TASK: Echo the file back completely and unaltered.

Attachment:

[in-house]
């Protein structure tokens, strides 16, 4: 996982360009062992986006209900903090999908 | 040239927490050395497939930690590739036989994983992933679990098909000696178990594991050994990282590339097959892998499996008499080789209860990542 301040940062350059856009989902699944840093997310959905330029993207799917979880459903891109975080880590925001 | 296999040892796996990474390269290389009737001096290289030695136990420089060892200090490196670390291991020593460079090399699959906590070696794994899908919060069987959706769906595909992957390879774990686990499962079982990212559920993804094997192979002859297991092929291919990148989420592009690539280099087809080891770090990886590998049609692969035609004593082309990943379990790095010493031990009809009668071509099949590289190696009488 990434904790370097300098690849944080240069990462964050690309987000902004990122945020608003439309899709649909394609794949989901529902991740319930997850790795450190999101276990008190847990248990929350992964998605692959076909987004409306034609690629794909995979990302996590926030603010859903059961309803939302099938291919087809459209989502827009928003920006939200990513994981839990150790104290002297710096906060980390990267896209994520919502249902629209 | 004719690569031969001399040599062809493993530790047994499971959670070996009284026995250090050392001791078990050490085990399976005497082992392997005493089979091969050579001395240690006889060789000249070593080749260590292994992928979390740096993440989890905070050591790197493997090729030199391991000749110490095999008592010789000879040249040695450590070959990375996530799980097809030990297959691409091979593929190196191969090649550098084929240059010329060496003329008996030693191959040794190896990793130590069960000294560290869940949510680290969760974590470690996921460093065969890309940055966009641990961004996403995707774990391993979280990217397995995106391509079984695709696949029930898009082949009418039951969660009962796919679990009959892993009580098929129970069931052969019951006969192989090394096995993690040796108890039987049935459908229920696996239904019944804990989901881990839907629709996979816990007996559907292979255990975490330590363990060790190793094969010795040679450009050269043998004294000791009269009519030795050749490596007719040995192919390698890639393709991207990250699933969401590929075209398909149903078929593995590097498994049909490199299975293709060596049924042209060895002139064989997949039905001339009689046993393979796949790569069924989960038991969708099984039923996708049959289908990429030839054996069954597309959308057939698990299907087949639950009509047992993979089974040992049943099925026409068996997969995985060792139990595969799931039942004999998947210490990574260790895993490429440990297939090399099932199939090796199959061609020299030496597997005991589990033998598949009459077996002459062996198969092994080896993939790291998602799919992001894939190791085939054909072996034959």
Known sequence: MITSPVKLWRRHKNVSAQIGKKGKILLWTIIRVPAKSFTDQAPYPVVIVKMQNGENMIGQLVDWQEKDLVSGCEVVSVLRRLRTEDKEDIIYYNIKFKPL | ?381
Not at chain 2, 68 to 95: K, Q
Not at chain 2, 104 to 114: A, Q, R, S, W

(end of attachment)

[in-house]
């Protein structure tokens, strides 16, 4: 996982360009062992986006209900903090999908 | 040239927490050395497939930690590739036989994983992933679990098909000696178990594991050994990282590339097959892998499996008499080789209860990542 301040940062350059856009989902699944840093997310959905330029993207799917979880459903891109975080880590925001 | 296999040892796996990474390269290389009737001096290289030695136990420089060892200090490196670390291991020593460079090399699959906590070696794994899908919060069987959706769906595909992957390879774990686990499962079982990212559920993804094997192979002859297991092929291919990148989420592009690539280099087809080891770090990886590998049609692969035609004593082309990943379990790095010493031990009809009668071509099949590289190696009488 990434904790370097300098690849944080240069990462964050690309987000902004990122945020608003439309899709649909394609794949989901529902991740319930997850790795450190999101276990008190847990248990929350992964998605692959076909987004409306034609690629794909995979990302996590926030603010859903059961309803939302099938291919087809459209989502827009928003920006939200990513994981839990150790104290002297710096906060980390990267896209994520919502249902629209 | 004719690569031969001399040599062809493993530790047994499971959670070996009284026995250090050392001791078990050490085990399976005497082992392997005493089979091969050579001395240690006889060789000249070593080749260590292994992928979390740096993440989890905070050591790197493997090729030199391991000749110490095999008592010789000879040249040695450590070959990375996530799980097809030990297959691409091979593929190196191969090649550098084929240059010329060496003329008996030693191959040794190896990793130590069960000294560290869940949510680290969760974590470690996921460093065969890309940055966009641990961004996403995707774990391993979280990217397995995106391509079984695709696949029930898009082949009418039951969660009962796919679990009959892993009580098929129970069931052969019951006969192989090394096995993690040796108890039987049935459908229920696996239904019944804990989901881990839907629709996979816990007996559907292979255990975490330590363990060790190793094969010795040679450009050269043998004294000791009269009519030795050749490596007719040995192919390698890639393709991207990250699933969401590929075209398909149903078929593995590097498994049909490199299975293709060596049924042209060895002139064989997949039905001339009689046993393979796949790569069924989960038991969708099984039923996708049959289908990429030839054996069954597309959308057939698990299907087949639950009509047992993979089974040992049943099925026409068996997969995985060792139990595969799931039942004999998947210490990574260790895993490429440990297939090399099932199939090796199959061609020299030496597997005991589990033998598949009459077996002459062996198969092994080896993939790291998602799919992001894939190791085939054909072996034959």
Known sequence: MITSPVKLWRRHKNVSAQIGKKGKILLWTIIRVPAKSFTDQAPYPVVIVKMQNGENMIGQLVDWQEKDLVSGCEVVSVLRRLRTEDKEDIIYYNIKFKPL | ?381
Not at chain 2, 68 to 95: K, Q
Not at chain 2, 104 to 114: A, Q, R, S, W